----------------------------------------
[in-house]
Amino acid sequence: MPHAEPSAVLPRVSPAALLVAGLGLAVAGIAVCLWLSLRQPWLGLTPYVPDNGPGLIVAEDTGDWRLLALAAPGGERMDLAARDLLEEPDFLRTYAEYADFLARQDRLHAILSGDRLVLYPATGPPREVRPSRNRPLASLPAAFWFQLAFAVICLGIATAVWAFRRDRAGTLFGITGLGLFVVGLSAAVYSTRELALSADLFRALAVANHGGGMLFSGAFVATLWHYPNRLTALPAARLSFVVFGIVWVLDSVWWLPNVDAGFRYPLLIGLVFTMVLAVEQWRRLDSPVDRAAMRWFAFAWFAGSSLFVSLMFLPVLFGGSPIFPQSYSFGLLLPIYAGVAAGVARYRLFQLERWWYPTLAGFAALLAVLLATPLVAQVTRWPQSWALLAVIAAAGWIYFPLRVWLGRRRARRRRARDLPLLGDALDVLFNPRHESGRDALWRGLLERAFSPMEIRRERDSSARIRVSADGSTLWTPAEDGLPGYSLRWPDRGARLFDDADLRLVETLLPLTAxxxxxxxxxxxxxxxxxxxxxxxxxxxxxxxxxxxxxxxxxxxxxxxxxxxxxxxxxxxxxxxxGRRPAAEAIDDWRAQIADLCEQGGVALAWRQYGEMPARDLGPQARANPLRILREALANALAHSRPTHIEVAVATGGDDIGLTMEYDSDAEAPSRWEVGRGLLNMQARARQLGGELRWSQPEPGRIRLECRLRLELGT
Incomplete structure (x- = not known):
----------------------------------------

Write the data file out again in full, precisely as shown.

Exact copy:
[in-house]
Amino acid sequence: MPHAEPSAVLPRVSPAALLVAGLGLAVAGIAVCLWLSLRQPWLGLTPYVPDNGPGLIVAEDTGDWRLLALAAPGGERMDLAARDLLEEPDFLRTYAEYADFLARQDRLHAILSGDRLVLYPATGPPREVRPSRNRPLASLPAAFWFQLAFAVICLGIATAVWAFRRDRAGTLFGITGLGLFVVGLSAAVYSTRELALSADLFRALAVANHGGGMLFSGAFVATLWHYPNRLTALPAARLSFVVFGIVWVLDSVWWLPNVDAGFRYPLLIGLVFTMVLAVEQWRRLDSPVDRAAMRWFAFAWFAGSSLFVSLMFLPVLFGGSPIFPQSYSFGLLLPIYAGVAAGVARYRLFQLERWWYPTLAGFAALLAVLLATPLVAQVTRWPQSWALLAVIAAAGWIYFPLRVWLGRRRARRRRARDLPLLGDALDVLFNPRHESGRDALWRGLLERAFSPMEIRRERDSSARIRVSADGSTLWTPAEDGLPGYSLRWPDRGARLFDDADLRLVETLLPLTAxxxxxxxxxxxxxxxxxxxxxxxxxxxxxxxxxxxxxxxxxxxxxxxxxxxxxxxxxxxxxxxxGRRPAAEAIDDWRAQIADLCEQGGVALAWRQYGEMPARDLGPQARANPLRILREALANALAHSRPTHIEVAVATGGDDIGLTMEYDSDAEAPSRWEVGRGLLNMQARARQLGGELRWSQPEPGRIRLECRLRLELGT
Incomplete structure (x- = not known):